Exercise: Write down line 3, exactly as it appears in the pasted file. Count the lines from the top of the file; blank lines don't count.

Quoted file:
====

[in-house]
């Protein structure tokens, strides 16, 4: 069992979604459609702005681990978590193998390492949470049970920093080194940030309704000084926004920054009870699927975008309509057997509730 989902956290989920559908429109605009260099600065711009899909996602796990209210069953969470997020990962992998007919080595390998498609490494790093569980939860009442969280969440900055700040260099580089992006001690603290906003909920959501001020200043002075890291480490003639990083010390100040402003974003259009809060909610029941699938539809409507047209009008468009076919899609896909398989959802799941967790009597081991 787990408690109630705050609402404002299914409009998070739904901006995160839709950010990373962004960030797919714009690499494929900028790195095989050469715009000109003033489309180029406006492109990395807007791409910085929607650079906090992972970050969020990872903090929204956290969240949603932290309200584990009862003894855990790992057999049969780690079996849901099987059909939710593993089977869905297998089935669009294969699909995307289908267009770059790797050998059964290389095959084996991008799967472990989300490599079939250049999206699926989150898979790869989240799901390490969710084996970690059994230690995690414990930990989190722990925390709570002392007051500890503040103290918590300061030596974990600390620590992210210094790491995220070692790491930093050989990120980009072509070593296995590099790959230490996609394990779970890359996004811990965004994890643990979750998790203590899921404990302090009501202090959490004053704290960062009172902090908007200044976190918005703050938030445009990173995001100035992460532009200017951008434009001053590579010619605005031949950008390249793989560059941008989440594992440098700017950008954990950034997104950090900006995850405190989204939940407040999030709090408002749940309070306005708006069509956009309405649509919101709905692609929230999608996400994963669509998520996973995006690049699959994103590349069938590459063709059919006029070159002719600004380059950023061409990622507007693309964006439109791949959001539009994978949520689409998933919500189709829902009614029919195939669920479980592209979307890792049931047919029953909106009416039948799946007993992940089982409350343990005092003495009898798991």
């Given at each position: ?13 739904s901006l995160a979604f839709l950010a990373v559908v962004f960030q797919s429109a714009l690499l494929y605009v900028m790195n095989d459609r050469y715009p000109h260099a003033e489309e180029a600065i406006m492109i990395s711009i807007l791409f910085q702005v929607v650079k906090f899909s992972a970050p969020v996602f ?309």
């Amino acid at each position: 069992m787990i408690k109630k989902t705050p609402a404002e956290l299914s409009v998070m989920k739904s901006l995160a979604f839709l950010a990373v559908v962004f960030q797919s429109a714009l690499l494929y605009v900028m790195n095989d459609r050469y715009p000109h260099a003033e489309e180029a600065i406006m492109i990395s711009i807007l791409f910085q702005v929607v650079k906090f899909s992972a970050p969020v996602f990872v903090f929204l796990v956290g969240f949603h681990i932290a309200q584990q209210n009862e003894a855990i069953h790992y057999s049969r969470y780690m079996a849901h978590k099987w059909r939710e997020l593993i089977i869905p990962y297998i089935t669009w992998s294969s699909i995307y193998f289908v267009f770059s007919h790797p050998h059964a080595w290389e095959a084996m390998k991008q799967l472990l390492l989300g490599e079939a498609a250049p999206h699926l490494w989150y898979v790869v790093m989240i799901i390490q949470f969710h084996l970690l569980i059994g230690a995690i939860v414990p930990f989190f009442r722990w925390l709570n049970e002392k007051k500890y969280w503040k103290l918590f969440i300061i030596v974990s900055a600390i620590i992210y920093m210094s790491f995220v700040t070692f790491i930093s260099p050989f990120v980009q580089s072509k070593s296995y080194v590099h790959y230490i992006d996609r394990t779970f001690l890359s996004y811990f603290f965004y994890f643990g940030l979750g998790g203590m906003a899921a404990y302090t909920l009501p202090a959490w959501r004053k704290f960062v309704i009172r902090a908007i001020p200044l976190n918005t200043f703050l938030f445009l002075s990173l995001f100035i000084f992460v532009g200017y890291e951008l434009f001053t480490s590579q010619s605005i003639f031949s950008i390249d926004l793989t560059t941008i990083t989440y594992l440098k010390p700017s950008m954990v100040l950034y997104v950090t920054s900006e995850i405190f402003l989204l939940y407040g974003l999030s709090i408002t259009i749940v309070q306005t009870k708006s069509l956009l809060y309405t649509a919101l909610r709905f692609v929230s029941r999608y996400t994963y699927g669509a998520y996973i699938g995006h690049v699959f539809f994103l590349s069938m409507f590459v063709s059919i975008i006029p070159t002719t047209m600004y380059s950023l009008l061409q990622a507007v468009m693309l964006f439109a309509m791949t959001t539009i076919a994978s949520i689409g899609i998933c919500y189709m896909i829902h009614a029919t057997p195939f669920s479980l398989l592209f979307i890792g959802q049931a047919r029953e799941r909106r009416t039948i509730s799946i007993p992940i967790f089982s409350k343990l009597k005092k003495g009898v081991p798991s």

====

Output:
């Given at each position: ?13 739904s901006l995160a979604f839709l950010a990373v559908v962004f960030q797919s429109a714009l690499l494929y605009v900028m790195n095989d459609r050469y715009p000109h260099a003033e489309e180029a600065i406006m492109i990395s711009i807007l791409f910085q702005v929607v650079k906090f899909s992972a970050p969020v996602f ?309």